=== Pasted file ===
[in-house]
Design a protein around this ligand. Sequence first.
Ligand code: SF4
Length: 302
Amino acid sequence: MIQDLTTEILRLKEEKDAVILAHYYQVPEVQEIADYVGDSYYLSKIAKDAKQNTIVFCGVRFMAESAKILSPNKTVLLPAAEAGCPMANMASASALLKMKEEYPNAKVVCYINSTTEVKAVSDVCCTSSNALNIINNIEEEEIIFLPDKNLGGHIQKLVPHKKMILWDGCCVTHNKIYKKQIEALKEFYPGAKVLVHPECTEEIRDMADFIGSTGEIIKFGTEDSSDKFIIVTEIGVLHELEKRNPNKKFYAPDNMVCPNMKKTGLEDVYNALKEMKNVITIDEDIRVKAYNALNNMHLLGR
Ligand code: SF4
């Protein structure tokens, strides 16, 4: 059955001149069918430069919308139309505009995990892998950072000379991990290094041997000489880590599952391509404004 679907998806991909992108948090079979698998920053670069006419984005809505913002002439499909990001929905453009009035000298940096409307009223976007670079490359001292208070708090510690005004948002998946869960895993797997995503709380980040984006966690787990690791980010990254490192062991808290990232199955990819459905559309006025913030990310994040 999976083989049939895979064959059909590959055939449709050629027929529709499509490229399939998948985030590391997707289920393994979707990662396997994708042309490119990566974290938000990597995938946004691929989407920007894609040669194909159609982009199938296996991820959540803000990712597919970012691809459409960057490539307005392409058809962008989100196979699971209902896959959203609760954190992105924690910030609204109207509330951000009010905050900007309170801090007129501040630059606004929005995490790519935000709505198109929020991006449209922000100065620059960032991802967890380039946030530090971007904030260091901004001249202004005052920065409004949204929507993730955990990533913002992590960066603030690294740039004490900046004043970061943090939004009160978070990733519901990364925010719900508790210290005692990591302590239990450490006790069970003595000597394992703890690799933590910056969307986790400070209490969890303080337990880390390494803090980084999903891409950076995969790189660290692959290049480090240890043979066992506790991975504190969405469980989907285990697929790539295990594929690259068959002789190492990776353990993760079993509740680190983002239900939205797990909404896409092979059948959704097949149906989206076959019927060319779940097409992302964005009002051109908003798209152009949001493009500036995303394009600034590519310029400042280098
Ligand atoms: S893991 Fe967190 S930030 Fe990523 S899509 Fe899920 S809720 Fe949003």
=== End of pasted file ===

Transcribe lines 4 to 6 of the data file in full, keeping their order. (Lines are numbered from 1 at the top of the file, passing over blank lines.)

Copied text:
Length: 302
Amino acid sequence: MIQDLTTEILRLKEEKDAVILAHYYQVPEVQEIADYVGDSYYLSKIAKDAKQNTIVFCGVRFMAESAKILSPNKTVLLPAAEAGCPMANMASASALLKMKEEYPNAKVVCYINSTTEVKAVSDVCCTSSNALNIINNIEEEEIIFLPDKNLGGHIQKLVPHKKMILWDGCCVTHNKIYKKQIEALKEFYPGAKVLVHPECTEEIRDMADFIGSTGEIIKFGTEDSSDKFIIVTEIGVLHELEKRNPNKKFYAPDNMVCPNMKKTGLEDVYNALKEMKNVITIDEDIRVKAYNALNNMHLLGR
Ligand code: SF4